In the dim and distant pre-CQC and thought police days of dental practice ownership we used to take our yellow Labrador, Freddie, to work. Freddie was a charming dog, gentle, friendly and very well behaved. He used to sleep in a back room of the practice but would occasionally get into reception where he was greeted with delight by any patients. Some patients used to ask after him and if he was there would give him a cuddle.
This of course was before the CQC deemed that it would probably kill us all if such a thing happened (guide dogs excepted as they are no doubt bacteria, virus and fungus free). The other thing wrong with this is that our child patients didn’t hate dentistry when done the Rees way.
Thanks to Mostyn for sharing this.
That practice, which includes doctors Thomas Resnick and Paul Egger, has found a way to help young patients relax and — dare we say it — even enjoy teeth cleanings. Their secret: a 6-year-old golden retriever named JoJo.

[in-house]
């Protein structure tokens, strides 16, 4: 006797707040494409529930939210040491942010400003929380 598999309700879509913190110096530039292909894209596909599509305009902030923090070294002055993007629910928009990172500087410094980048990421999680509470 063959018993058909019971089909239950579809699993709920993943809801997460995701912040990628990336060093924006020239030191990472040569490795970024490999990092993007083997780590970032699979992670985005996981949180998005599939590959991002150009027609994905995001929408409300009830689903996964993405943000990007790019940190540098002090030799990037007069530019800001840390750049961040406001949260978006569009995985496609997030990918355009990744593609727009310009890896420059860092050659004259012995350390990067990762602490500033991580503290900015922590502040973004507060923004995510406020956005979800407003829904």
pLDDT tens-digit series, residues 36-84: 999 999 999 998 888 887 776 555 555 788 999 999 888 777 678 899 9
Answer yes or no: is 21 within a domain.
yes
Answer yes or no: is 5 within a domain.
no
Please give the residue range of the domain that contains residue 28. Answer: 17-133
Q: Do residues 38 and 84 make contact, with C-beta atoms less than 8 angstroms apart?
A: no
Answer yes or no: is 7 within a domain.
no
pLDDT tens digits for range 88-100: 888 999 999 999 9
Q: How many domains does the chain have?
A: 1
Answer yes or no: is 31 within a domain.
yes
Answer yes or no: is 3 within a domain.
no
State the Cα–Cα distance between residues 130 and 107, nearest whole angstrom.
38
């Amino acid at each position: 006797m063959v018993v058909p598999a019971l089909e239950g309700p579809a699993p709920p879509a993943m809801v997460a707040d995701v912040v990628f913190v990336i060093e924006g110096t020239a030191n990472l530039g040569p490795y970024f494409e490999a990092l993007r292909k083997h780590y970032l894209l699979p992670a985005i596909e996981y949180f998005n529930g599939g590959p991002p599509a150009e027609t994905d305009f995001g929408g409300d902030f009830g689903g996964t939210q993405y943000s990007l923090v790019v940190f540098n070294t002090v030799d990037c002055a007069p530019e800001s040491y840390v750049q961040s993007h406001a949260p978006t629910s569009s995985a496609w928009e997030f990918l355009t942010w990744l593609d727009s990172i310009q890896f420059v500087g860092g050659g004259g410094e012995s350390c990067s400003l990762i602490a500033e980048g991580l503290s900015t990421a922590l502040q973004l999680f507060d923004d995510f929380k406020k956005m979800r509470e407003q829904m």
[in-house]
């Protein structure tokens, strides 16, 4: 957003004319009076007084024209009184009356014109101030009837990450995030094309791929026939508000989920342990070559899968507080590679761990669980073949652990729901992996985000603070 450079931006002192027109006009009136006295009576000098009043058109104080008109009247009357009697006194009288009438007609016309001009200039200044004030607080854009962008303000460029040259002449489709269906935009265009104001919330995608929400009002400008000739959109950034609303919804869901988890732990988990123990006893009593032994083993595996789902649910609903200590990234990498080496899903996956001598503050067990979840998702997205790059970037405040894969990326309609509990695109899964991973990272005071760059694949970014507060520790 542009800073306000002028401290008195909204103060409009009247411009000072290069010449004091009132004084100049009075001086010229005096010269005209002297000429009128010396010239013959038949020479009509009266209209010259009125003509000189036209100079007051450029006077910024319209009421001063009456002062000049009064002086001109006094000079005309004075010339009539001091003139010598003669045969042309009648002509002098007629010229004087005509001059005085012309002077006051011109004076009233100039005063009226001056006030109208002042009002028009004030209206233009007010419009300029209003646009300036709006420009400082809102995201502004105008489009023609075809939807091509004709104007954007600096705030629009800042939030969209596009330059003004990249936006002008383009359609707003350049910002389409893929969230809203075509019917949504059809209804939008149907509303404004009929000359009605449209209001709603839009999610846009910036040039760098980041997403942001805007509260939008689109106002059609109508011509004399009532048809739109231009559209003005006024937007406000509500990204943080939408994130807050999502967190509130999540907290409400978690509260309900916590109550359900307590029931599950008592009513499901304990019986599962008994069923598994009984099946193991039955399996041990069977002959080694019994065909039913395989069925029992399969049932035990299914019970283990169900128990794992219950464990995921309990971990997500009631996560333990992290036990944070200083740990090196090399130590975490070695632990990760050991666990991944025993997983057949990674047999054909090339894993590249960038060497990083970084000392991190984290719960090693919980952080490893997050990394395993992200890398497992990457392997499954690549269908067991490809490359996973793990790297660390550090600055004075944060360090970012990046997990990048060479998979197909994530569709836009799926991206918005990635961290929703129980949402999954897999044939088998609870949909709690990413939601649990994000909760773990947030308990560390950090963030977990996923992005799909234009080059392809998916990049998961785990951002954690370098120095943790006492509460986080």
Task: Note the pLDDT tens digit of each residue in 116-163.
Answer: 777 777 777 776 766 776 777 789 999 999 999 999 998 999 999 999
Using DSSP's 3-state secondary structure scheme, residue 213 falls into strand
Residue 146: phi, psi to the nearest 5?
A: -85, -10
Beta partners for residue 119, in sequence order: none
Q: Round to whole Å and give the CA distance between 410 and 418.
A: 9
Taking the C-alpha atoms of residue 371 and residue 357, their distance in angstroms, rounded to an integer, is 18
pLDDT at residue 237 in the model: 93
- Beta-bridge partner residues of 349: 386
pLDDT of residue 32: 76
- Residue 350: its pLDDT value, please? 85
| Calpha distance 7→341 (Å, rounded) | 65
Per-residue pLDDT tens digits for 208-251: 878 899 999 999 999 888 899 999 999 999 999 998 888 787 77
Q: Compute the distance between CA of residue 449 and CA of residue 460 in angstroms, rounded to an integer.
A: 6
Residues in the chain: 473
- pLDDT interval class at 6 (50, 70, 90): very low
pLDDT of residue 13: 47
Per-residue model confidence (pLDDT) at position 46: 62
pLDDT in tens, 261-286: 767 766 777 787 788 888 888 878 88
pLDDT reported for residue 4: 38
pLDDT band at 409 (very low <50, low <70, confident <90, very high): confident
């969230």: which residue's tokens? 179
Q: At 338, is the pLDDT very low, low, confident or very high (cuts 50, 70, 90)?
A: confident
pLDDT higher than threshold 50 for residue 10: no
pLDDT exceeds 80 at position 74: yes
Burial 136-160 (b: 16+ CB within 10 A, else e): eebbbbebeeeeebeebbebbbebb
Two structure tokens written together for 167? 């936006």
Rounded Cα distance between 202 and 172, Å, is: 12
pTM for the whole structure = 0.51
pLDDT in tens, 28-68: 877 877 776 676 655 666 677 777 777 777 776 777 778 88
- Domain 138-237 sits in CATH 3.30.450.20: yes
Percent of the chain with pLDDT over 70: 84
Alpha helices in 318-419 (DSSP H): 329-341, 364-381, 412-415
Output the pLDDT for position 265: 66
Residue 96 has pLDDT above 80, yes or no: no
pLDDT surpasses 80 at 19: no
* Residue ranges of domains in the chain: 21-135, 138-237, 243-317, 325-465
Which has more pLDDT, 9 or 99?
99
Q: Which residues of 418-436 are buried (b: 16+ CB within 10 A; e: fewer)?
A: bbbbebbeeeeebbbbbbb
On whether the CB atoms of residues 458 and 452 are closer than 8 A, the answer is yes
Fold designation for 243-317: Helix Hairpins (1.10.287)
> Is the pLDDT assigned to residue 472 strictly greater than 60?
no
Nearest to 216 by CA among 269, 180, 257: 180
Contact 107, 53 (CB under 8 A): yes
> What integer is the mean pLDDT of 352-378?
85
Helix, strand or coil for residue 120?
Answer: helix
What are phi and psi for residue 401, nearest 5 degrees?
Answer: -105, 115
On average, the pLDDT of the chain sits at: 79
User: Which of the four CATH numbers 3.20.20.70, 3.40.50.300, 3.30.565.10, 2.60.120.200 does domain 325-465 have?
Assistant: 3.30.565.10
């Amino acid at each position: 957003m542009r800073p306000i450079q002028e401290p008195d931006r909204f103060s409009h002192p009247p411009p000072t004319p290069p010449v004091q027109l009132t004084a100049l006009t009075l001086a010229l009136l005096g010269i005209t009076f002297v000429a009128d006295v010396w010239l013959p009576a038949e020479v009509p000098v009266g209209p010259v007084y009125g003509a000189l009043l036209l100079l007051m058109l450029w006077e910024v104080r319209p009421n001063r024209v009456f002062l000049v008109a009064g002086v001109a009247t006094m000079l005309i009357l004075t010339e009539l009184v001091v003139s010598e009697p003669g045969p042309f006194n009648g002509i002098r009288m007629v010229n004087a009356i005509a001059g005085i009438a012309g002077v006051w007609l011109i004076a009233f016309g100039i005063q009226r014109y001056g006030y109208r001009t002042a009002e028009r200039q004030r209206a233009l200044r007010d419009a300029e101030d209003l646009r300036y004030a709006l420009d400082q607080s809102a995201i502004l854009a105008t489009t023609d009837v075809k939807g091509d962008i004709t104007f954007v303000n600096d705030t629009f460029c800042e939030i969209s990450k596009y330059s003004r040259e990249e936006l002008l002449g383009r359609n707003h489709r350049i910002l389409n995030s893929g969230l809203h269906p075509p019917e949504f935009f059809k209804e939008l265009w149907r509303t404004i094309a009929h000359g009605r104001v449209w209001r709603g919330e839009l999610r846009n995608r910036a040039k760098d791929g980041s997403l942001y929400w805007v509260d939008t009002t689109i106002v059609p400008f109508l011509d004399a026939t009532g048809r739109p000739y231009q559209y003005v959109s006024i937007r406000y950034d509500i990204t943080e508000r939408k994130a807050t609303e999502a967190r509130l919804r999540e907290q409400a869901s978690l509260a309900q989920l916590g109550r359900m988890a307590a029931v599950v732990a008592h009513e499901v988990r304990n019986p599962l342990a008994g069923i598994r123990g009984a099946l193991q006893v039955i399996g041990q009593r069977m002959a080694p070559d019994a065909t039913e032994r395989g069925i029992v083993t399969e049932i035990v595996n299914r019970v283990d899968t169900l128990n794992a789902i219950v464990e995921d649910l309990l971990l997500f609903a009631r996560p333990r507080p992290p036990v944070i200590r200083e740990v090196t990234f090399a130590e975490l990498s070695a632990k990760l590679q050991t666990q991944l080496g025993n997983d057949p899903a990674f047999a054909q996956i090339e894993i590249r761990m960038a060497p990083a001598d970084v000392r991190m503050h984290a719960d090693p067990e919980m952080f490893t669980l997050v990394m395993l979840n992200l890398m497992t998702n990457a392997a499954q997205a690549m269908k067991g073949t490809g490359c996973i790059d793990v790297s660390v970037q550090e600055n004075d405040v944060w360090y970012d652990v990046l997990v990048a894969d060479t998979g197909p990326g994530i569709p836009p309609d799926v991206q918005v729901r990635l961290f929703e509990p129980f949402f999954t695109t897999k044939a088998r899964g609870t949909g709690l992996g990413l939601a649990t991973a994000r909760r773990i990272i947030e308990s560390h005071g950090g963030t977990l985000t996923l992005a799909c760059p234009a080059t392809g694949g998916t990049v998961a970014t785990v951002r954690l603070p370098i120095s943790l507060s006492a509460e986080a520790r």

As a trained comfort dog, JoJo calms patients in the hot seat. She sits on their laps, tenderly rests her face on their bodies, and patiently distracts them from anything unpleasant happening in their mouths.
JoJo’s first foray into dentistry came after her handler, Lynne Ryan, came up with the idea of using a comfort dog to help young patients through stressful procedures. “Working at a pediatric practice can have its challenges,” says Ryan, who has also served as a dental assistant at the practice for over two decades.